Oklahoma State has a strong ground game and an excellent placekicker in Larry Roach. However, Jones counts most on his defense, which should have an All-America in the 6'4", 250-pound O'Neal. On Saturday, O'Neal had 11 tackles, including two sacks. To compensate for an overall lack of size and to maximize their advantage in speed, the Cowboys line up in difficult-to-block spread formations and blitz about 25% of the time. Once the ball is snapped, the Cowboys are all pursuit. Jones believes in getting "good kids who can run" and teaching them defense. Jones regularly checks in with former OSU basketball coach Henry Iba for some "tips from the top." He adheres to Iba's adage: "When they put me in a pine box, I want to be in a good defensive stance."
When Johnson left, the OSU players signed a petition to have Jones hired as his successor. Even the local sportswriters wanted to start a "Hire Pat Jones" campaign, though Jones quickly nixed it. As it was, the school's board of regents wasted little time in promoting the 36-year-old Jones to the top job. Enthusiasm for Jones ran so high that only one coach went to Miami with Johnson, and more players than ever stayed on campus for the summer to work out with weights. The offensive line gained an average of more than 20 pounds a man.
Aside from the knowledge he gained in five years as an assistant at Arkansas, Pitt and SMU and five more under Johnson in Stillwater, Jones's strength is that he flat loves his job. "All I ever wanted to do was coach," he says. Unlike some of his peers, Jones's bearing is anything but coachly. At 5'8" and 195 pounds, the former Arkansas Tech and Arkansas linebacker and defensive lineman looks like an overworked driving-range pro. The short sleeves on his sport shirts hit him at mid-forearm, and his red hair is thinning and usually out of place.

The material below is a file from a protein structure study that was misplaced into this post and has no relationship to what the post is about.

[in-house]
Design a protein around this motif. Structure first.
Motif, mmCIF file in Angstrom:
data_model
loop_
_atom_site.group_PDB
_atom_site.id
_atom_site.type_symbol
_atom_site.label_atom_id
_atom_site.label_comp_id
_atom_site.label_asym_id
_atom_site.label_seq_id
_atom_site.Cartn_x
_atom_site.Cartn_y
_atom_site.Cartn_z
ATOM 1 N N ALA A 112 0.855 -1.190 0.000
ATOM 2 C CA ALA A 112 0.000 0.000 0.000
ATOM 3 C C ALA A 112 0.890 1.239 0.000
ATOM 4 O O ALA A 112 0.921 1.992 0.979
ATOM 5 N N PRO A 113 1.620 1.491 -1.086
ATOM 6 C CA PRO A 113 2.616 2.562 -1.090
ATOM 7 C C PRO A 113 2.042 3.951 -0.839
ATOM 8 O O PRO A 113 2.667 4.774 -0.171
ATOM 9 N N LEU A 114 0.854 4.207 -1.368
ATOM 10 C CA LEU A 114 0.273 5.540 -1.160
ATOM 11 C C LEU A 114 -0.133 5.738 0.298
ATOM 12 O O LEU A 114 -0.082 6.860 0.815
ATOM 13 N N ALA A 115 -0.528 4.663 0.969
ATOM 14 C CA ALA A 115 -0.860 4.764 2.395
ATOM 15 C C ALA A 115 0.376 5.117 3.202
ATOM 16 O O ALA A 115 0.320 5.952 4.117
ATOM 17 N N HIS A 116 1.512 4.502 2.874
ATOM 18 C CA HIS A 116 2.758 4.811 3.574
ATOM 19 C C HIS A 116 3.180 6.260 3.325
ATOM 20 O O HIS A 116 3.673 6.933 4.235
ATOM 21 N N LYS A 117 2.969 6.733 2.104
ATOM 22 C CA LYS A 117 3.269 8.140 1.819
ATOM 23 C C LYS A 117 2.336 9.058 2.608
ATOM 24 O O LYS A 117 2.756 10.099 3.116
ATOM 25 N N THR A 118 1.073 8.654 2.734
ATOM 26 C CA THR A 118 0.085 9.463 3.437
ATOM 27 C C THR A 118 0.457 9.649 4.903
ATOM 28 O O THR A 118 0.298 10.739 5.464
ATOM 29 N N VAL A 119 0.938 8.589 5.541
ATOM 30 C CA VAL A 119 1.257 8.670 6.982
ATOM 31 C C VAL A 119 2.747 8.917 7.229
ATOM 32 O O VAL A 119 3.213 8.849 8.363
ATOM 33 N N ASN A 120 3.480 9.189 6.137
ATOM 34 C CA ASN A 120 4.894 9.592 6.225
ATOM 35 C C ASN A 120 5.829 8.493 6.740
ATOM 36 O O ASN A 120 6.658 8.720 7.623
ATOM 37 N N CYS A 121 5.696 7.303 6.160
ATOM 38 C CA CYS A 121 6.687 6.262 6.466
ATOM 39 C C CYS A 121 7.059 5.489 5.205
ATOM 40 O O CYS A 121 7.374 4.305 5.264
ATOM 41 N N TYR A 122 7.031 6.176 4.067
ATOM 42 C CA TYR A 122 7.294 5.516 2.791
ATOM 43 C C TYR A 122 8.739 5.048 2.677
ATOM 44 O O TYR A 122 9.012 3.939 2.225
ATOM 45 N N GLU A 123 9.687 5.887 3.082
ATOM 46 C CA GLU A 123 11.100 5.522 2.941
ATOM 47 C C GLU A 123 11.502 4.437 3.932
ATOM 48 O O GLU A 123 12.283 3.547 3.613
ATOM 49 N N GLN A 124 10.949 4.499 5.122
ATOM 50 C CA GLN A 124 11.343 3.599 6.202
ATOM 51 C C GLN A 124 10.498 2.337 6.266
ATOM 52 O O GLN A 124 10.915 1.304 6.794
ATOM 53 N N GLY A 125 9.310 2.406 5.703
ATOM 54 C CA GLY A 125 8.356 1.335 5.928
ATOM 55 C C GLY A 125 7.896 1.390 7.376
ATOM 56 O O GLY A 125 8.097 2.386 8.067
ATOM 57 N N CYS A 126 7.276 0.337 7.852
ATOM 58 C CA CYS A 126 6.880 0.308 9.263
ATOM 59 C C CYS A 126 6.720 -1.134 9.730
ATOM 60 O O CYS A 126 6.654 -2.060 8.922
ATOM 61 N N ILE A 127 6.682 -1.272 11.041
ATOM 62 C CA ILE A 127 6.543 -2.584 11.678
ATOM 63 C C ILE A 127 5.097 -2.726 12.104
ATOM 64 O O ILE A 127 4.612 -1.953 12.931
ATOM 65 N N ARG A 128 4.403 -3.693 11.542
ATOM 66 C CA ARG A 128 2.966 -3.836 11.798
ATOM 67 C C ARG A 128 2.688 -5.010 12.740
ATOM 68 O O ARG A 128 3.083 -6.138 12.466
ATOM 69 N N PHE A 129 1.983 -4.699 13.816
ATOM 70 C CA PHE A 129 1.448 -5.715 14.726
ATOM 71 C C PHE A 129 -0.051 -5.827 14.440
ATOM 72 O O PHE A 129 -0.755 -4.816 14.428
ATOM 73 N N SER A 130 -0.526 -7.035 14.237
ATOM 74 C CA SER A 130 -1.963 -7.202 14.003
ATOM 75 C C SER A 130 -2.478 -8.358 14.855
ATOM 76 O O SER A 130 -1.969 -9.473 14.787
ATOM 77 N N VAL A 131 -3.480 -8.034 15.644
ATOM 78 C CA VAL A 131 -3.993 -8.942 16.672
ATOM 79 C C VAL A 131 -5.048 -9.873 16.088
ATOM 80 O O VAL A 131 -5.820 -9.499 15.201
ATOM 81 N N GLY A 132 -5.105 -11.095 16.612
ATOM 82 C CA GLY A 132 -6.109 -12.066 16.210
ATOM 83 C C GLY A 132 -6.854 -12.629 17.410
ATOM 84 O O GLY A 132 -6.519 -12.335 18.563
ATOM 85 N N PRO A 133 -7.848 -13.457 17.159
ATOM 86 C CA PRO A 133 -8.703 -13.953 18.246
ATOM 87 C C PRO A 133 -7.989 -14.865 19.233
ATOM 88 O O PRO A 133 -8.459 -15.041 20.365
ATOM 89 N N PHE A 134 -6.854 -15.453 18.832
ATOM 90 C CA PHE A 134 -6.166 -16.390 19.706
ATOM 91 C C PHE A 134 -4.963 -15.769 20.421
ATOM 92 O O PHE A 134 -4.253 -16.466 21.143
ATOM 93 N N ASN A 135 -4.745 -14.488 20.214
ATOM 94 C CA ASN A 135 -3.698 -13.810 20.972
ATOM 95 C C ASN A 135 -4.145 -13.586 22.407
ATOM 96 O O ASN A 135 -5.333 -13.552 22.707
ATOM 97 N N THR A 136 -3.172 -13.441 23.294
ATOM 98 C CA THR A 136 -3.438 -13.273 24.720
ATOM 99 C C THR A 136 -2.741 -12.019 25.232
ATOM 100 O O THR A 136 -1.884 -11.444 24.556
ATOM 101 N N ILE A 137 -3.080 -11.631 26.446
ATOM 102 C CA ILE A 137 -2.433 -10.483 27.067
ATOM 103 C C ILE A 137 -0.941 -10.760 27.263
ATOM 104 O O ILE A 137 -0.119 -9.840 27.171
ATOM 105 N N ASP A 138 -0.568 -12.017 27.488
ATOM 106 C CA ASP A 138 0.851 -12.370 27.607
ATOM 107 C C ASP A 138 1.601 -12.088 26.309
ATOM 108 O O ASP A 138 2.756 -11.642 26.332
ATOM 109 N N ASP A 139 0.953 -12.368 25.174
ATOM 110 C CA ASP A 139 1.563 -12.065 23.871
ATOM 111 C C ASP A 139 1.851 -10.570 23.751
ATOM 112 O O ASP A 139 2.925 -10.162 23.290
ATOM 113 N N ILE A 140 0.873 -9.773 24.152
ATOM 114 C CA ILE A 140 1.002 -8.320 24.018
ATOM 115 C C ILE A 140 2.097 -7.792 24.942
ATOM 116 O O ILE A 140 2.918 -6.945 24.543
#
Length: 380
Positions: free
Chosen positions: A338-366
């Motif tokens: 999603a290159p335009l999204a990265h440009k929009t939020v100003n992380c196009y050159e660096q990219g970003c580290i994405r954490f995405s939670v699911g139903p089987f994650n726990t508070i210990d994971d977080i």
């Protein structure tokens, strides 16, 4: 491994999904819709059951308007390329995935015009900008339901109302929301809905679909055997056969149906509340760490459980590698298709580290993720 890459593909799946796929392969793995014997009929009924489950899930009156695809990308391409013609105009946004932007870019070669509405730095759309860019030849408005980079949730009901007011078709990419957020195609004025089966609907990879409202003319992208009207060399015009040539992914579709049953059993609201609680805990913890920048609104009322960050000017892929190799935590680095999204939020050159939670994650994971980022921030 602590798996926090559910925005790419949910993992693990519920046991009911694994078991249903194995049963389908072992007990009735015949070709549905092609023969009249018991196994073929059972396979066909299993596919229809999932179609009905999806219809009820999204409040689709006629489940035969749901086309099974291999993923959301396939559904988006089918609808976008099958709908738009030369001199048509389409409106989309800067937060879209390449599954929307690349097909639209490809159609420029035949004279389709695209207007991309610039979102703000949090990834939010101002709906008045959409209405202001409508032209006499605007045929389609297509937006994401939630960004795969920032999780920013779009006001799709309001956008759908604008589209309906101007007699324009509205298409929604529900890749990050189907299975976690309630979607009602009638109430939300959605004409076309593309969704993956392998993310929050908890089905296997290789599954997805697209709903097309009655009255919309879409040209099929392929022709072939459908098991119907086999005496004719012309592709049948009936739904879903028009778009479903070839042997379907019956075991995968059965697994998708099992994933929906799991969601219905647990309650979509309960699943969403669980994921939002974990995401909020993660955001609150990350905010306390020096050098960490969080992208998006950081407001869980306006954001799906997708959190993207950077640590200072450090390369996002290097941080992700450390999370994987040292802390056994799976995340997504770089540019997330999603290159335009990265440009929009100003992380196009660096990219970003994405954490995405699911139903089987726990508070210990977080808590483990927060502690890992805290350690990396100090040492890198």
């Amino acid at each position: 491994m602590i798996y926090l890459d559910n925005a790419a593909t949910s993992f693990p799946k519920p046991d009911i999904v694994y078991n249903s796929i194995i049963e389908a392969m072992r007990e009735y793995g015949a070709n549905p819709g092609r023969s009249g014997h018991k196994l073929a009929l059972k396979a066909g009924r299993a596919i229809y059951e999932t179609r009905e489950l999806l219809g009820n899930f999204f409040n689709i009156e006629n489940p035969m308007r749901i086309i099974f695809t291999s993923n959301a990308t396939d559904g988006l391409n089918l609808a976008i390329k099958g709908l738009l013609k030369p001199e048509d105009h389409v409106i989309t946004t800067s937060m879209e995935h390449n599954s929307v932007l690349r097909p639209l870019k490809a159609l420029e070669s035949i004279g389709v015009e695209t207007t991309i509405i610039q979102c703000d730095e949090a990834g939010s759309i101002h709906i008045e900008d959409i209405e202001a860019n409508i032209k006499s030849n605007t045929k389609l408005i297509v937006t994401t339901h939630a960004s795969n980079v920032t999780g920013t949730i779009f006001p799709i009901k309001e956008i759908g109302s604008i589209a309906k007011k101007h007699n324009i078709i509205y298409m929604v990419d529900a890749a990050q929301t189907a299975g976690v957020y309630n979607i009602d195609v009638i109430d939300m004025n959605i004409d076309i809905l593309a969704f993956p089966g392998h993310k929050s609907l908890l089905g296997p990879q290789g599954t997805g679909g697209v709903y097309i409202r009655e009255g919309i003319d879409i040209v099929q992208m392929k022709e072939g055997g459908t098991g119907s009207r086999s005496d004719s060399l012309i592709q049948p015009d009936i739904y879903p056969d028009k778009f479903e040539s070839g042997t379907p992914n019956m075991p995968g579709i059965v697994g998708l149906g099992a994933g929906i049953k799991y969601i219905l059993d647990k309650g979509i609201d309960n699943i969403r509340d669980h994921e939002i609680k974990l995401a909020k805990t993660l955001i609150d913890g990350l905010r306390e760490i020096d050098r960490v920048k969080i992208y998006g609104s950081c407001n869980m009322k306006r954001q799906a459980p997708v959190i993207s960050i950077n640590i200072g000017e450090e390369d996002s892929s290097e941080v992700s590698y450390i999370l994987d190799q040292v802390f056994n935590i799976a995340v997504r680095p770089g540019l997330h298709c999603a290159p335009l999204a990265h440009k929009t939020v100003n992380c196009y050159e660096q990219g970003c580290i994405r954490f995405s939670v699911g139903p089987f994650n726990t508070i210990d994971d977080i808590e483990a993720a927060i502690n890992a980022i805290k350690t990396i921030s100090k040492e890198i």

"Just a tough-ass little ol' guy who loves the game" is how Jones describes himself. That also describes his everyday speech, which he tones down only when answering questions on one of his weekly talk shows. "Ah, his shoulder's about halfway boogered up," is a Jones reply to anyone who asks about the condition of quarterback Rusty Hilger. It's rare, but if Jones gets a query he can't answer, he's likely to blurt, "I'm totally bumfoozled."
So are those who watch Jones put in 16-hour days that begin at 6:30. And for all his ease in public—Jones is a favorite speaker of the ominously named Cowboy booster group, The Posse Club—he's essentially a private person. According to the school's sports information department, Jones is the only Division I-A head coach never to have been married. For three years he has dated a woman from nearby Perry named Becky Adams, but he's wedded to his job.